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Meet Trout Lily

Trout lilies begin to bloom in Michigan’s deciduous forests soon after the last snow melts and the sun begins to warm the soil. These lilies prefer dappled spring sunlight in moist, rich loamy soil with leaf litter and decaying organic matter.

Trout lilies come up as either a single or a double leaf. Only the double-leaved plants flower. The leaves are a mottled, dark olive green to brown, which look similar to the markings of a brook trout. Hence the common name, “trout lily.” The flowers appear soon afterwards, and the nodding yellow blossoms curl back to show off chestnut brown stamens. The seeds form in June.

Trout lilies propagate in two ways. When a seed germinates, it forms a tiny bud-like underground food storage structure called a “corm.” In a year or two, the corm produces several thread-like structures called “stolons,” which burrow out into the surrounding soil. At the end of each stolon is a bud called a “dropper,” which produces a new corm from food sent down the line by the parent plant. Eventually the stolon withers away, and the offspring corm sends up a leaf, which makes food to develop a new corm, which in turn sends droppers down even farther the next year. Over time, this propagation method can form enormous colonies of trout lilies, which if left undisturbed, may live for centuries.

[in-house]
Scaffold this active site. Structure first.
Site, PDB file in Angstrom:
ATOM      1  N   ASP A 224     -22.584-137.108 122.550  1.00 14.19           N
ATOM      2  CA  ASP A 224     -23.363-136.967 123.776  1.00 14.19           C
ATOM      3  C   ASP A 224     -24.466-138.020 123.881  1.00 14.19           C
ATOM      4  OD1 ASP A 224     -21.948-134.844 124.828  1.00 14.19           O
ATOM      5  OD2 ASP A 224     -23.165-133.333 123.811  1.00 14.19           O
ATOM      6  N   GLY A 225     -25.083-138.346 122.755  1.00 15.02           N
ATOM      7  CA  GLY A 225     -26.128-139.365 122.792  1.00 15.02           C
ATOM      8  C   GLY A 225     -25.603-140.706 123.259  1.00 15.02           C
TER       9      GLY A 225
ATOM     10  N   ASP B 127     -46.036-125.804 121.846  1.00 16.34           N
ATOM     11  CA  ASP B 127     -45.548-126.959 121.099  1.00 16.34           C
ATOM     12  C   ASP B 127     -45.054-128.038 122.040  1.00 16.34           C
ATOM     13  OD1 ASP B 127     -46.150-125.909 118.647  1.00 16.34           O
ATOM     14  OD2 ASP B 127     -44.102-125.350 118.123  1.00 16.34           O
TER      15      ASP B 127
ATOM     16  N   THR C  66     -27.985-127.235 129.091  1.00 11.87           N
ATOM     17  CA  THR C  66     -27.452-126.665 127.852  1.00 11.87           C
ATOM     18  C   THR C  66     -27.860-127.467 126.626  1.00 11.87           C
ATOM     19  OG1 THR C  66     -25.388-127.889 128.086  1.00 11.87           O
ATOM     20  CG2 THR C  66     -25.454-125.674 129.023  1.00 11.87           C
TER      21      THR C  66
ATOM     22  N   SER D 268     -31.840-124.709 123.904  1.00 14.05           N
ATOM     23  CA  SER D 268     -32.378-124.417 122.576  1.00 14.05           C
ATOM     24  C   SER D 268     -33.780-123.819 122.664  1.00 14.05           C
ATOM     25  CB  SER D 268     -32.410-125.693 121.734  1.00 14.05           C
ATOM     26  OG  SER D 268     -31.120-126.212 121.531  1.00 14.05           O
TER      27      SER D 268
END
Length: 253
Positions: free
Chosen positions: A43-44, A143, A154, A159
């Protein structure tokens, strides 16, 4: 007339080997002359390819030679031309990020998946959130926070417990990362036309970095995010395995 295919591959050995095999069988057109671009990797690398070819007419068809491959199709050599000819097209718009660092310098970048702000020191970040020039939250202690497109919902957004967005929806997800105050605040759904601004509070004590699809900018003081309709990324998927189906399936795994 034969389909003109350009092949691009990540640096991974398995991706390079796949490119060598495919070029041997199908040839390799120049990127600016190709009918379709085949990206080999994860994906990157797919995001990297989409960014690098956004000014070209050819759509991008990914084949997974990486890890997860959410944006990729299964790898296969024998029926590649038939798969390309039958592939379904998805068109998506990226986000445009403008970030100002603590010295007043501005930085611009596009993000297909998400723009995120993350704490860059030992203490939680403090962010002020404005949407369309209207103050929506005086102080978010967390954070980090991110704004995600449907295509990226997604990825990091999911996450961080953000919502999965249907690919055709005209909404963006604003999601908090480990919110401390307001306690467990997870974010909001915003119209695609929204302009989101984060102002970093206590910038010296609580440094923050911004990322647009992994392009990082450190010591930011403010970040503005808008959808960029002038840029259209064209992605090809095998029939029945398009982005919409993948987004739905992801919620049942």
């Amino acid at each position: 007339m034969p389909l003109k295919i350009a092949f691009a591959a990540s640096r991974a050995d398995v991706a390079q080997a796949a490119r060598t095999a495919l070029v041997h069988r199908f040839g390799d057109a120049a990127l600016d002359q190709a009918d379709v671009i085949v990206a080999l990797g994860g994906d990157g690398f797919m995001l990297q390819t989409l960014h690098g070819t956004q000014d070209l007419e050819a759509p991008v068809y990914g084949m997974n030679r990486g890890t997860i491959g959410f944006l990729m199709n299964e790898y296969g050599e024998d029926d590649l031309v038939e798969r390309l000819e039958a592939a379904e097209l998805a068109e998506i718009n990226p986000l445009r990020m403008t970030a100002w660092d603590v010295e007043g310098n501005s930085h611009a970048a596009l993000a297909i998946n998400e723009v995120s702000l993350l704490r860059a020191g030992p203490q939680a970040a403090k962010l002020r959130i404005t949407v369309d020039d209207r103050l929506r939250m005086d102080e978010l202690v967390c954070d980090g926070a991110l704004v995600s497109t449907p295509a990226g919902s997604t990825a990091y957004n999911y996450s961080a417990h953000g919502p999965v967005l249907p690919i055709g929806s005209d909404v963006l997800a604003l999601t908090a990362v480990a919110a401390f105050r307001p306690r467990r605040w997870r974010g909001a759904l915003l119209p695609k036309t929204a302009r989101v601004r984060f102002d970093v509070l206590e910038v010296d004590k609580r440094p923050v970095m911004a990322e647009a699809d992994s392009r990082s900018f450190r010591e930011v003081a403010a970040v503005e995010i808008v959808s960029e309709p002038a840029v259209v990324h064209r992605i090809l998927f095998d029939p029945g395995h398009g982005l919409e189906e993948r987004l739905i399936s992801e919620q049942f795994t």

Trout lily seeds are also dispersed by ants. Attached to the seeds are small fleshy structures called elaiosomes. The ants drag the seeds to their nests, feed the elaiosomes to their larvae, and then take the seeds themselves to their waste disposal areas, where the seeds germinate and grow.

Another insect which has a special relationship with the trout lily is the bumblebee. A queen bumblebee emerges from hibernation earlier than most pollinators when there are not many flowers in bloom. She needs to collect enough pollen to feed baby bumblebees and sip enough nectar to give her energy to forage. Trout lilies provide large quantities of nectar for bumblebees.

Trout Lilies are a lovey favorite of mine and not because of their interesting methods of reproduction or even their bright yellow flowers. My fascination with them lies with the leaves. A lovely green leaf is dappled in a purplish color reminiscent of the shadows that dapple the forest floor in early spring. I've worked to paint these flowers multiple times and only accomplished impressionistic renditions. I'm going to keep working on them though, I'll get it!


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